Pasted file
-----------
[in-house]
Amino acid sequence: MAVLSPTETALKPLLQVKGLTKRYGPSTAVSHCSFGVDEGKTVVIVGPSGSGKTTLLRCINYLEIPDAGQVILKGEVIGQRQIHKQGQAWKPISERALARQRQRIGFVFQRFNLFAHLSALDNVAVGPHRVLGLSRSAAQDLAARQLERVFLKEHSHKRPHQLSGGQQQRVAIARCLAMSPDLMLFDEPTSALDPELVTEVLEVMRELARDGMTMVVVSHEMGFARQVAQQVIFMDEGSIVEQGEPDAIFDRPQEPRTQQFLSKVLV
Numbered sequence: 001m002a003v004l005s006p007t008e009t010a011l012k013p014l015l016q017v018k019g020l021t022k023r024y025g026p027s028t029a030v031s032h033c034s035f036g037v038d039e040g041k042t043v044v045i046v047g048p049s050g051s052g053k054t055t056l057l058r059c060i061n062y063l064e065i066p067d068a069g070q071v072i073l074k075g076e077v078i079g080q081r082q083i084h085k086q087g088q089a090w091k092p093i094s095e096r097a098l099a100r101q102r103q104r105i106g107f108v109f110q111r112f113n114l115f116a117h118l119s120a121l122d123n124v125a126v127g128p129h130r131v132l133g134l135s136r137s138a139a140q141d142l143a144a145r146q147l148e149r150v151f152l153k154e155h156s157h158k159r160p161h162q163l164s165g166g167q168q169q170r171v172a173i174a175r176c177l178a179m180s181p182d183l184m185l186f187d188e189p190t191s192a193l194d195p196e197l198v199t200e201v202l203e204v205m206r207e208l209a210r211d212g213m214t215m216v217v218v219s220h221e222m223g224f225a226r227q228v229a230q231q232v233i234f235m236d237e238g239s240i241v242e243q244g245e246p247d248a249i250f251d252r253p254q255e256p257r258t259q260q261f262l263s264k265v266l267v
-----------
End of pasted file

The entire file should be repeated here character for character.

[in-house]
Amino acid sequence: MAVLSPTETALKPLLQVKGLTKRYGPSTAVSHCSFGVDEGKTVVIVGPSGSGKTTLLRCINYLEIPDAGQVILKGEVIGQRQIHKQGQAWKPISERALARQRQRIGFVFQRFNLFAHLSALDNVAVGPHRVLGLSRSAAQDLAARQLERVFLKEHSHKRPHQLSGGQQQRVAIARCLAMSPDLMLFDEPTSALDPELVTEVLEVMRELARDGMTMVVVSHEMGFARQVAQQVIFMDEGSIVEQGEPDAIFDRPQEPRTQQFLSKVLV
Numbered sequence: 001m002a003v004l005s006p007t008e009t010a011l012k013p014l015l016q017v018k019g020l021t022k023r024y025g026p027s028t029a030v031s032h033c034s035f036g037v038d039e040g041k042t043v044v045i046v047g048p049s050g051s052g053k054t055t056l057l058r059c060i061n062y063l064e065i066p067d068a069g070q071v072i073l074k075g076e077v078i079g080q081r082q083i084h085k086q087g088q089a090w091k092p093i094s095e096r097a098l099a100r101q102r103q104r105i106g107f108v109f110q111r112f113n114l115f116a117h118l119s120a121l122d123n124v125a126v127g128p129h130r131v132l133g134l135s136r137s138a139a140q141d142l143a144a145r146q147l148e149r150v151f152l153k154e155h156s157h158k159r160p161h162q163l164s165g166g167q168q169q170r171v172a173i174a175r176c177l178a179m180s181p182d183l184m185l186f187d188e189p190t191s192a193l194d195p196e197l198v199t200e201v202l203e204v205m206r207e208l209a210r211d212g213m214t215m216v217v218v219s220h221e222m223g224f225a226r227q228v229a230q231q232v233i234f235m236d237e238g239s240i241v242e243q244g245e246p247d248a249i250f251d252r253p254q255e256p257r258t259q260q261f262l263s264k265v266l267v